View Comments Nominations for the 58th annual Grammy Awards were announced on December 7, and five Broadway cast recordings have been nominated for Best Musical Theater Album.This year’s nominees are Hamilton (Atlantic), Fun Home (PS Classics), An American in Paris (Masterworks Broadway), The King and I (Universal Music Classics) and Something Rotten! (Ghostlight).Traditionally, select nominees from the Musical Theater category perform during the pre-show ceremony, when a majority of the awards are presented. However, as Hamilton continues to burst the Broadway bubble and appear on several charts beyond Cast Album, an appearance by Lin-Manuel Miranda and his co-stars on primetime TV would leave us satisfied.As is often the case, the Best Traditional Pop Vocal Album category is stuffed with nominees boasting musical theater ties. The nominees include Josh Groban’s Stages, which features musical theater staples and a duet with Audra McDonald and Kelly Clarkson, Tony Bennett and Bill Charlap for The Silver Lining: The Songs of Jerome Kern, Seth MacFarlane’s No One Ever Tells You, which includes show tunes and Great American Songbook selections, plus My Dream Duets from Barry Manilow, which pairs the crooner with several late performers, including Judy Garland.The 58th Grammy Awards will air on February 15, 2016 on CBS.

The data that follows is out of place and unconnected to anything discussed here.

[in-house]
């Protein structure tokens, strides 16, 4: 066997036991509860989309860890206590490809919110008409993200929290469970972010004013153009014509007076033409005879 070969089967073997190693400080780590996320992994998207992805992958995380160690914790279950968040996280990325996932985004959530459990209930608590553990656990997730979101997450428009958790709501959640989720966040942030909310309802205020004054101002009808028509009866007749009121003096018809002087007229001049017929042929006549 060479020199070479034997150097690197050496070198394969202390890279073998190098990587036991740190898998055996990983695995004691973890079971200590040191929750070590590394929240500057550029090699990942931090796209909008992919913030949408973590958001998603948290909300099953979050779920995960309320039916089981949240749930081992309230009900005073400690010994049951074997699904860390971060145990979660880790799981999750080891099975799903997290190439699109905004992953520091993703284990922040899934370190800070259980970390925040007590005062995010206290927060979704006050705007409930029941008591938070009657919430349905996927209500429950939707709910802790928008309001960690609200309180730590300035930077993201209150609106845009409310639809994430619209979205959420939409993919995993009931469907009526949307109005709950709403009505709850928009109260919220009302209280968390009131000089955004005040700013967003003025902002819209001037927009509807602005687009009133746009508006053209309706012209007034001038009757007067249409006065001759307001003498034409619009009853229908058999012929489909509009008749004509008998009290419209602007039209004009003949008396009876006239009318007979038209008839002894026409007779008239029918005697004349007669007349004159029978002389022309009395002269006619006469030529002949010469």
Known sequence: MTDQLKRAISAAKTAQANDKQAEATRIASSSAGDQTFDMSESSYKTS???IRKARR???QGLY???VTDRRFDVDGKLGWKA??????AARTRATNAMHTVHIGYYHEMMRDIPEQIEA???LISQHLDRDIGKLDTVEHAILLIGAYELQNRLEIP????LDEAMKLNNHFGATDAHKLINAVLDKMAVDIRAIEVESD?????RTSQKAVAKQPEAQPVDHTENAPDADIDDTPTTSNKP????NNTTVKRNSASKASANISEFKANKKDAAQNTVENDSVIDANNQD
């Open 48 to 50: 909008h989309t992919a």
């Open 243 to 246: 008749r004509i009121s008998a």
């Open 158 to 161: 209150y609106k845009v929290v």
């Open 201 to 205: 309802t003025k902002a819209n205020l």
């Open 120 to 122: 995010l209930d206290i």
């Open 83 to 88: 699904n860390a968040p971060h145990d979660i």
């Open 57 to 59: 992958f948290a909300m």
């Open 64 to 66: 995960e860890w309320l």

‘The Agency is looking forward to seeing the results of testing this equipment during a storm’ noted Scott Rogers, Director of Operations for VTrans. ‘We are always looking to improve our service for Vermonters and are focused on becoming more effective and efficient. We hope new technology such as this can help us better achieve our goals.’If the results of an initial test are positive, the Agency may look to test the equipment in other parts of the state for the remainder of the winter season.The TowPlow is a steerable snowplow trailer equipped with a 26-foot plow and a granular spreader. In conjunction with a standard plow truck, the combination is able to plow a 24-foot pathway ‘ the width of two typical traffic lanes. This allows the truck and TowPlow combination to cover as much ground as two standard plow trucks. This equipment, if successfully deployed, could allow the Agency to adjust its approach to snow and ice control on Vermont’s interstate highways.In the initial test, the TowPlow and plow truck combination will be deployed during normal hours (4 am to 10 pm) to clear the travel lane and breakdown lane. During night patrols (10 pm to 4 am) the TowPlow and plow truck combination may be used to clear the passing lane and travel lane. During the first few test runs, the TowPlow and plow truck combination will be followed by a VTrans pickup with flashing strobes.Drivers are advised to use caution when approaching or passing the TowPlow and plow truck combination. The Vermont Agency of Transportation announced today that it will begin testing a TowPlow as part of its ongoing effort to explore new technologies to improve winter maintenance operations during heavy snow events. The new equipment test will take place during the next few storm events along I-89, northbound and southbound, between Brookfield (mile marker 35) and Berlin (mile marker 50).